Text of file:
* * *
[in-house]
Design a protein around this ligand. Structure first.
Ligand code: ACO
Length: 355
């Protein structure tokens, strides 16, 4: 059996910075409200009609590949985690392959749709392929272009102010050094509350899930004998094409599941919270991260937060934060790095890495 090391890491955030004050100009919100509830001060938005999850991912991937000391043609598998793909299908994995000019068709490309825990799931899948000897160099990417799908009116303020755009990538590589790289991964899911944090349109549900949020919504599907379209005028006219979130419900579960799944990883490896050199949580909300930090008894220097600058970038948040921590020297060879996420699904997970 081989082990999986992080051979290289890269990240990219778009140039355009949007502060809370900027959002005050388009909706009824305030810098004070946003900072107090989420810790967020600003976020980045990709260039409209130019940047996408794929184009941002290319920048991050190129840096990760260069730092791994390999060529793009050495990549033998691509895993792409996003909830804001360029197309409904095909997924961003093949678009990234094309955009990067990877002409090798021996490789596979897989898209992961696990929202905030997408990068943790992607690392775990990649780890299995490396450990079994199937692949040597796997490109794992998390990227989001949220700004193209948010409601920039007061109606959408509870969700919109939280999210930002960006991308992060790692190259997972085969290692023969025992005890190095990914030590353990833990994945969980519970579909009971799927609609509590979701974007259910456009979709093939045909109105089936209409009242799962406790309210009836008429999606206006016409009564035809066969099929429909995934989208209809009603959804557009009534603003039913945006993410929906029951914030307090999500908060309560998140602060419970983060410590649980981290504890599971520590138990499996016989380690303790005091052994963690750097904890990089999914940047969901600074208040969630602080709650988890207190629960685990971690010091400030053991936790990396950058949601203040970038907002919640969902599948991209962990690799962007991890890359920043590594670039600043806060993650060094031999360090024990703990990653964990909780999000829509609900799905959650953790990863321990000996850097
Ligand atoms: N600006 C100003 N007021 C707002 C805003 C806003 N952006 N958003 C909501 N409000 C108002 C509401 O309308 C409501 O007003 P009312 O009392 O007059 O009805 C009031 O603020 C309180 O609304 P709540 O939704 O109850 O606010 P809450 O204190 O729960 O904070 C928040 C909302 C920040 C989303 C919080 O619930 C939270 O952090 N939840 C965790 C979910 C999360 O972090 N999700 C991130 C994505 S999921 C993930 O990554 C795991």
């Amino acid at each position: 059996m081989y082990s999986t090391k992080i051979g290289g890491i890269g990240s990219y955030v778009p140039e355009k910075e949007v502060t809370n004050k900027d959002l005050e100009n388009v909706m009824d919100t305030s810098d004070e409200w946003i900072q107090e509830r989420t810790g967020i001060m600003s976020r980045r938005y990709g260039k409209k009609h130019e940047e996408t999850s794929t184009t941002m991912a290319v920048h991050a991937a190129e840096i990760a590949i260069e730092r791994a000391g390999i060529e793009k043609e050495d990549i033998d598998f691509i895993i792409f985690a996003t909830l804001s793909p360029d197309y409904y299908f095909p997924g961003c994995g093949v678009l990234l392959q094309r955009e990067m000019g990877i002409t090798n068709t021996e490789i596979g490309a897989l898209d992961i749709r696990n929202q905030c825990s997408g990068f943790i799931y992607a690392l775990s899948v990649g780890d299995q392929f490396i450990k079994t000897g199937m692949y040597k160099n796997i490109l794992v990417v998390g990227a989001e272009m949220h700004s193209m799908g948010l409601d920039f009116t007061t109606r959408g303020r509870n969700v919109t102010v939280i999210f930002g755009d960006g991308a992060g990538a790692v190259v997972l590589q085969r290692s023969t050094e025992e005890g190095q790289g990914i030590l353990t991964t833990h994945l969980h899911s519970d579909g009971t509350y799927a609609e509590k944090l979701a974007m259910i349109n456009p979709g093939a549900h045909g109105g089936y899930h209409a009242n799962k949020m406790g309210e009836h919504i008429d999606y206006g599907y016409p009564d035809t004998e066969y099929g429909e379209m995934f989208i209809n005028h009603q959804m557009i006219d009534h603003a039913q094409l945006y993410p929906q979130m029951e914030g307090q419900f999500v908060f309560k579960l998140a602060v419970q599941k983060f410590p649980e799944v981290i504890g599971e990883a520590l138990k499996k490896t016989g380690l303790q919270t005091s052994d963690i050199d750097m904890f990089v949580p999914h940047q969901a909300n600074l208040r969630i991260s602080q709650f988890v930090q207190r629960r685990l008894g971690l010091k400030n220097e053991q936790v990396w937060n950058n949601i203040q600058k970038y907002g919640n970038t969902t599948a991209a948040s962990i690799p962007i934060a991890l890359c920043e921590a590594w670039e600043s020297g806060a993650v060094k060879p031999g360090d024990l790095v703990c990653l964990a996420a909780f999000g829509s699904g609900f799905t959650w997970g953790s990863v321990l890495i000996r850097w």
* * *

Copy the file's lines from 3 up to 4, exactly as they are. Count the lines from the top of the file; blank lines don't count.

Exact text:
Ligand code: ACO
Length: 355